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Next Generation Youth Work Coalition
The Next Generation Youth Work Coalition page provides publications and the quarterly bulletin developed by or in conjunction with the Next Generation Youth Work Coalition. All of these are designed to develop a strong, diverse youth work workforce that is stable, prepared, supported and committed to the well-being and empowerment of young people.
Click here for a description of the Coalition.
Join the Next Generation Youth Work Coalition!
Thanks for your ongoing support and interest in the Next Generation Youth Work Coalition. Given the growing interest and momentum in the field, we would like to formally acknowledge membership in the Coalition. This is a coalition and not a membership association, but by formally acknowledging our growing ranks, we can increase the visibility of this work in the field and further engage and give credit to those of you who are interested in supporting this cause and participating in the work. Click here to learn more and to join the Next Gen Coalition! Please fax your completed membership forms to 202-393-4517.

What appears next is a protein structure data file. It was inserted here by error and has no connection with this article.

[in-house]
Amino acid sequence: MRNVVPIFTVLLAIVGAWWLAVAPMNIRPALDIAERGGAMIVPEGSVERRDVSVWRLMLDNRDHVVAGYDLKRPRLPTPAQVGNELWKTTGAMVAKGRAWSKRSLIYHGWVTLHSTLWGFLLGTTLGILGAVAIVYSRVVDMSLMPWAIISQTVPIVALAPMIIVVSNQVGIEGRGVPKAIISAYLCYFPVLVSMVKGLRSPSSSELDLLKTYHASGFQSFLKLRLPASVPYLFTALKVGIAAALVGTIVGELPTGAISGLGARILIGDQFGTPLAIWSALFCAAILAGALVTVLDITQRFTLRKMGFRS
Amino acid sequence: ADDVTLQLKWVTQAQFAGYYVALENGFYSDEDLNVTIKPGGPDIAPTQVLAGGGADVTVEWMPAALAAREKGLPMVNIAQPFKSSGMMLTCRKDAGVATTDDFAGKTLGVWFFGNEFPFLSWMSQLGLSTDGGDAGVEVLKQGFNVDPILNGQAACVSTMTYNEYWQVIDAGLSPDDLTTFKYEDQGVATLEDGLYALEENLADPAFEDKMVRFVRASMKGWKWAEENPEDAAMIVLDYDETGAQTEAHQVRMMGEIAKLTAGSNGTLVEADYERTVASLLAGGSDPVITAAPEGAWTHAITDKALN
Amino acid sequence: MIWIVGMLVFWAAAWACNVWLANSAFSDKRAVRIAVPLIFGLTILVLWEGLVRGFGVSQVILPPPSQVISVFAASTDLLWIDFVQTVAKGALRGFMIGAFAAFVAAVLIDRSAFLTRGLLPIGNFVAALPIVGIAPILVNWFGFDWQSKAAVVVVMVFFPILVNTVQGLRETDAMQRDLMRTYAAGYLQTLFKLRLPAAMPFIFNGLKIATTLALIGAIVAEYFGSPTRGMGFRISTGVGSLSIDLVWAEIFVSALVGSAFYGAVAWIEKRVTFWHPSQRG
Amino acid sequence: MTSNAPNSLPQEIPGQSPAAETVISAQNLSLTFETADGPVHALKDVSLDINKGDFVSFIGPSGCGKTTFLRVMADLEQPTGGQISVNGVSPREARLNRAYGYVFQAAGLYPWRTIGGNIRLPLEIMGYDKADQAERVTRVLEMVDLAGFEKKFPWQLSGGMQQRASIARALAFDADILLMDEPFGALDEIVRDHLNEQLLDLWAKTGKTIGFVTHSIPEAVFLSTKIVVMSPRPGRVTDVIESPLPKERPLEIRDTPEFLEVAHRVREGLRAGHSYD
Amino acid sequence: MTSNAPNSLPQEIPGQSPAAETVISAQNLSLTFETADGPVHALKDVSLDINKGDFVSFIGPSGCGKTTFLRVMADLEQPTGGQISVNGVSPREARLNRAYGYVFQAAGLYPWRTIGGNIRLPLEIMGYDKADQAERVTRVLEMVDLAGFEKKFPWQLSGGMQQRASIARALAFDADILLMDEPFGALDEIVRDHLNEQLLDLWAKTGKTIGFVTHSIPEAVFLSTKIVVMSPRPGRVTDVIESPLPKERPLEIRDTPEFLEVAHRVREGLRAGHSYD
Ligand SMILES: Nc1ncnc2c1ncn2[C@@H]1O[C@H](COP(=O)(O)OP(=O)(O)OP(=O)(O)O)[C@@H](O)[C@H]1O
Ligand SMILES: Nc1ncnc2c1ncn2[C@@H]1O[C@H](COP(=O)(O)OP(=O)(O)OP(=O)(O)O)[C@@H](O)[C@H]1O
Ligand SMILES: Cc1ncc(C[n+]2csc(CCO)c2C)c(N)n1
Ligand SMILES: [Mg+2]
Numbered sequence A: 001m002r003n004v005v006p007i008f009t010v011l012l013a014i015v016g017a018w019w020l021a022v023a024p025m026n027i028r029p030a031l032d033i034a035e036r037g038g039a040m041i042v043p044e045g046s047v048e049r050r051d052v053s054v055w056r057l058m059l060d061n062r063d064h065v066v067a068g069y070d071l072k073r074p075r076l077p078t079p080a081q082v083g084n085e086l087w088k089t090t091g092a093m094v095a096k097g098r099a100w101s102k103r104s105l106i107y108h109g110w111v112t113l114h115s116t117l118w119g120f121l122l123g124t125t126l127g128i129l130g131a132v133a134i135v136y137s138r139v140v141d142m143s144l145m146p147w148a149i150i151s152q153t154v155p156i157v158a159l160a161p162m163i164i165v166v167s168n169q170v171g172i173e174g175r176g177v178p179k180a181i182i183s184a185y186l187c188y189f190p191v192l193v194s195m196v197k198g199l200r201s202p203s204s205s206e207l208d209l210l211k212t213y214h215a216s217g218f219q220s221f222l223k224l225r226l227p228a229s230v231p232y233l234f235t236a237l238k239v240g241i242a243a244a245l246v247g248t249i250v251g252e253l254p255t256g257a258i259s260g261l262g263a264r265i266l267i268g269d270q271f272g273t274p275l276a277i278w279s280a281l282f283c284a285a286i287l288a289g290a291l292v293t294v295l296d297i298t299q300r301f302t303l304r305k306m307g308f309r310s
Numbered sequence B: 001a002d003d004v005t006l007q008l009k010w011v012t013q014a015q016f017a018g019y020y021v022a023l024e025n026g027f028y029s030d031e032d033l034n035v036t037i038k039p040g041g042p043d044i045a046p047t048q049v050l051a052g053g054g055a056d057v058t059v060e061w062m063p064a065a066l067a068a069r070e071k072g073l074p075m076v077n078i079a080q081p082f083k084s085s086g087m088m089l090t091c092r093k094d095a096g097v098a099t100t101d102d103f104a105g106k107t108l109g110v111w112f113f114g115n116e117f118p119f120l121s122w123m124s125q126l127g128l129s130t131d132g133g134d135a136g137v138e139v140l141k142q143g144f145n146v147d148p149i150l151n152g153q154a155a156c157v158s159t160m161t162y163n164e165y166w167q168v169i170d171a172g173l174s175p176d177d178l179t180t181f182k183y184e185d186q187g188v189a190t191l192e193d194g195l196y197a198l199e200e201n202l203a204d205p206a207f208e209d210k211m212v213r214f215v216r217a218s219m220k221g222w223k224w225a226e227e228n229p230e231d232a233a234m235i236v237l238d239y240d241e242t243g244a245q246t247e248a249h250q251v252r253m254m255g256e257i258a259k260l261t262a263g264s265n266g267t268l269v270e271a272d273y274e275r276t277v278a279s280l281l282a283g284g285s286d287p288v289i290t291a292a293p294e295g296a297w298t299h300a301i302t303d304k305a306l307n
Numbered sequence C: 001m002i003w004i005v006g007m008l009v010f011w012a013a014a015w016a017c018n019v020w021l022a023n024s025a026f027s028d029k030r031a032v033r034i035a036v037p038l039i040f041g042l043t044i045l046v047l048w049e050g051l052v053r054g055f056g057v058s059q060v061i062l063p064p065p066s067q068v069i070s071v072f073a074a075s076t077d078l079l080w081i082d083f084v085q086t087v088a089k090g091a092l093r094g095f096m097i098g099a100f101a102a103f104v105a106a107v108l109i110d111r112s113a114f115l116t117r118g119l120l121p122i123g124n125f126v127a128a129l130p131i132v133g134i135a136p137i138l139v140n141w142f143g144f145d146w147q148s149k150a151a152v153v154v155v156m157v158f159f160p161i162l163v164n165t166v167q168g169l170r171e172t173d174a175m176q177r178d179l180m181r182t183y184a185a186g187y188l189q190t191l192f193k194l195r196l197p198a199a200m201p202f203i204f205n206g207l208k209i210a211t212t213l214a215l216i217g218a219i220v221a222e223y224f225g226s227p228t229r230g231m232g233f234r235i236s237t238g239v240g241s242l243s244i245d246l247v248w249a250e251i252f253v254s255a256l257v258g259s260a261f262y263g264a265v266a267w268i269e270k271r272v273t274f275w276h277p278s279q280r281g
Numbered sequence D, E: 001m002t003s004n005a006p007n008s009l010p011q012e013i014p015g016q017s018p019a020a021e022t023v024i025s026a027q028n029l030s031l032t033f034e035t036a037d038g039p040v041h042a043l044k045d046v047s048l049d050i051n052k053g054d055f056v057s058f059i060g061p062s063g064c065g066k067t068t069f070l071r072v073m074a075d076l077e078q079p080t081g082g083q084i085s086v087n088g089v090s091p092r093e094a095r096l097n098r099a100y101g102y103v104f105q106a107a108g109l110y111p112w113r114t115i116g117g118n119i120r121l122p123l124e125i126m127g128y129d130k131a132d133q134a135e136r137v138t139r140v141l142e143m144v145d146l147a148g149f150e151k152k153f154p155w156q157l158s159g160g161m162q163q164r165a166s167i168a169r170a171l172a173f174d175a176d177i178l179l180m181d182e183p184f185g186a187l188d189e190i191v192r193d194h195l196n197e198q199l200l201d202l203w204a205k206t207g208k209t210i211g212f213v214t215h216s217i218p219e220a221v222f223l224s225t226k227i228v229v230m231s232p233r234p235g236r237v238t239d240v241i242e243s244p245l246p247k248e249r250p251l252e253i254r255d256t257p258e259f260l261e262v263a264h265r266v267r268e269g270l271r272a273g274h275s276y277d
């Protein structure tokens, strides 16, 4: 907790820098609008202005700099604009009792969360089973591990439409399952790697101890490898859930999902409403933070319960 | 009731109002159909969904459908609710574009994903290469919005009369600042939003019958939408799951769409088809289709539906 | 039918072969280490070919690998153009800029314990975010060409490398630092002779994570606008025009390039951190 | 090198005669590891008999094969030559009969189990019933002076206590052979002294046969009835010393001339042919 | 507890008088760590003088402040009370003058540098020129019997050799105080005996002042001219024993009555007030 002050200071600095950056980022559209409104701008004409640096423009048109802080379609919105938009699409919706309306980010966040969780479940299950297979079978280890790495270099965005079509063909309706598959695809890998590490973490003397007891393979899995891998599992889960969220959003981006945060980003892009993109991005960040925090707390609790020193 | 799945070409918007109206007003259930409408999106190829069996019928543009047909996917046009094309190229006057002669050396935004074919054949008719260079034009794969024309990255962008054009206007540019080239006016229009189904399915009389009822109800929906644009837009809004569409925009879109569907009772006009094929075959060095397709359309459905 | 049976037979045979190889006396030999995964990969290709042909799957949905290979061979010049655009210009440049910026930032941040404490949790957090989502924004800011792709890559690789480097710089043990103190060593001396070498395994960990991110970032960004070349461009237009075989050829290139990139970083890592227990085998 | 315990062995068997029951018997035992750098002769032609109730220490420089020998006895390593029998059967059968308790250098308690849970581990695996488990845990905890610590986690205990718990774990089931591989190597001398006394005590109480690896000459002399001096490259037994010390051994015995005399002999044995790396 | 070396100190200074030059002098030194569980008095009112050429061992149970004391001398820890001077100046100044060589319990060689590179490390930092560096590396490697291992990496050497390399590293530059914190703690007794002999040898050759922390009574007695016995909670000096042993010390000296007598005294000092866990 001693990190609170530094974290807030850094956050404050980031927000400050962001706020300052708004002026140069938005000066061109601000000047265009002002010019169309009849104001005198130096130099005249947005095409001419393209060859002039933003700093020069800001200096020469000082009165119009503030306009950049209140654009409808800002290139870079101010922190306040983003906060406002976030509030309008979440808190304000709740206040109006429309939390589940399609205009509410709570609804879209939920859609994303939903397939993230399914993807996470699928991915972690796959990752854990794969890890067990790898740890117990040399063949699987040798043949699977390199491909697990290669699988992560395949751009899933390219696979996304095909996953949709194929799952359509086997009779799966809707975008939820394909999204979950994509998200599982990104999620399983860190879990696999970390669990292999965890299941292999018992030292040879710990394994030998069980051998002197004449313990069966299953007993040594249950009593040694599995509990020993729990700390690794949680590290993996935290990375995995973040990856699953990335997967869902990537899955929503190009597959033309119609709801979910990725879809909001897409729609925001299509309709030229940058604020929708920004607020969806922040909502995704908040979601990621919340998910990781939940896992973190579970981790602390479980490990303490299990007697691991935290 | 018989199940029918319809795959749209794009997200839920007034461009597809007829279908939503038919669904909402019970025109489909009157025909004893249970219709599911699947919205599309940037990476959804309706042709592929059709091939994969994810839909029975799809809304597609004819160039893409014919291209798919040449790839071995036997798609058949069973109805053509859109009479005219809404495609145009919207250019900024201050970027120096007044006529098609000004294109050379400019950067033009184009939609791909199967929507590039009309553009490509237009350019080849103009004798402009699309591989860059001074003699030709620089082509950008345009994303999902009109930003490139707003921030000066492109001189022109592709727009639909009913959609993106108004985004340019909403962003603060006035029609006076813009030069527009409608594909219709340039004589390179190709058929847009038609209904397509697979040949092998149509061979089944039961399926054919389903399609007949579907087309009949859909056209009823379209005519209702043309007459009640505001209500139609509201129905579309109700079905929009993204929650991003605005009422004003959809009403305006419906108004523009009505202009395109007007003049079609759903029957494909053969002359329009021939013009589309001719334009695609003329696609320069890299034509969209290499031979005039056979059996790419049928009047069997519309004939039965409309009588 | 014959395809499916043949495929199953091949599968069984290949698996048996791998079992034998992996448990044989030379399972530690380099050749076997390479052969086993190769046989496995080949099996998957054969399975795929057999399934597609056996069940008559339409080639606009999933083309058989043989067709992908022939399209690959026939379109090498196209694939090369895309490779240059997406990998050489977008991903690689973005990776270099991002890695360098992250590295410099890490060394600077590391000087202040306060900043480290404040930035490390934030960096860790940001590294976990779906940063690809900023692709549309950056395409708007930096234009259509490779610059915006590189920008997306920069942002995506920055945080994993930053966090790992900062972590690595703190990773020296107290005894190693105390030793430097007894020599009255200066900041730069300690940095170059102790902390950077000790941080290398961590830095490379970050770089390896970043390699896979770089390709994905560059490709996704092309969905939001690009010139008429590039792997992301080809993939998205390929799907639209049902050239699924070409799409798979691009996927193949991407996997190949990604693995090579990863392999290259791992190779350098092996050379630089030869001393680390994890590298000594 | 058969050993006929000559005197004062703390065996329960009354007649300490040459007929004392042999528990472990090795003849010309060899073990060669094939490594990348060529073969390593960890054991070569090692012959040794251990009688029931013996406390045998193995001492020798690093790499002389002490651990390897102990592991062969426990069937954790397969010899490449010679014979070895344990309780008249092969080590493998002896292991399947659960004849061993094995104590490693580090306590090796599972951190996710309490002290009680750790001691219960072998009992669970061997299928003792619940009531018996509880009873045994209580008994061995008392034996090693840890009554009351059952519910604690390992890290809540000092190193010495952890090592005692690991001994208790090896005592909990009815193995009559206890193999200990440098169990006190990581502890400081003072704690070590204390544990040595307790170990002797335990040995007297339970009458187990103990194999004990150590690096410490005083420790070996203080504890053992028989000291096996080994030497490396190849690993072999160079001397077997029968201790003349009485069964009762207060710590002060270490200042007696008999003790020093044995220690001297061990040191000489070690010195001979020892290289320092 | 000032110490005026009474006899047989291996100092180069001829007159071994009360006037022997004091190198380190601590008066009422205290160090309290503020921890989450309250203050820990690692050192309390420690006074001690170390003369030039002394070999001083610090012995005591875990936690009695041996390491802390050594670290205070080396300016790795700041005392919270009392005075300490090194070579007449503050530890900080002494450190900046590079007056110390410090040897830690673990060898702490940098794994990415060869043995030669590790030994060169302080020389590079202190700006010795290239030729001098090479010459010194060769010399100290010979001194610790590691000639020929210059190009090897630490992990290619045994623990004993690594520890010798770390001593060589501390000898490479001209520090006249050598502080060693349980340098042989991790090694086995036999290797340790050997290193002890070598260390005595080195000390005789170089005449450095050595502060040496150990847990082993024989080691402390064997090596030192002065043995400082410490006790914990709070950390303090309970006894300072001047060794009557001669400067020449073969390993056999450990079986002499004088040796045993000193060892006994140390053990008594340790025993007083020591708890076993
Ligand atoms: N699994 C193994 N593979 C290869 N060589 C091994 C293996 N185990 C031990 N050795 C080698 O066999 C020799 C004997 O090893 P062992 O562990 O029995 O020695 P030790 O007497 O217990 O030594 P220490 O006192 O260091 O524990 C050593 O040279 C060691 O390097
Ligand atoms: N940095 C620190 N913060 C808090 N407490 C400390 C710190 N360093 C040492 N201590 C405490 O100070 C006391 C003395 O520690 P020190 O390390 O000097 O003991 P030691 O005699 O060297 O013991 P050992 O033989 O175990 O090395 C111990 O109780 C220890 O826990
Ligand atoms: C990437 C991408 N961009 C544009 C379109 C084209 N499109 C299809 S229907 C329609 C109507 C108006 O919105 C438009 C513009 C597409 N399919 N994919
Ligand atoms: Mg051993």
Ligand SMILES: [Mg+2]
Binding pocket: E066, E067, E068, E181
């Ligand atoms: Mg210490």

Each quarter the Next Generation Youth Work Coalition publishes a bulletin to keep the field up-to-date on the latest projects, events and progress made with and on behalf of the youth work workforce. To view and download these bulletins go to: Bulletins
Publications, Projects and Resources
Critical Workforce Issues for the Youth Work Profession
This powerpoint presentation was designed to introduce the front-line youth worker study and provide promising practices based on core elements of a professional development/workforce system including: recruitment, standards and competencies; learning resourcses; learning delivery systems; compensation and career pathways and research and evaluation.
Click here to download the PowerPoint Presentation.
Moving from Knowledge to Action in San Francisco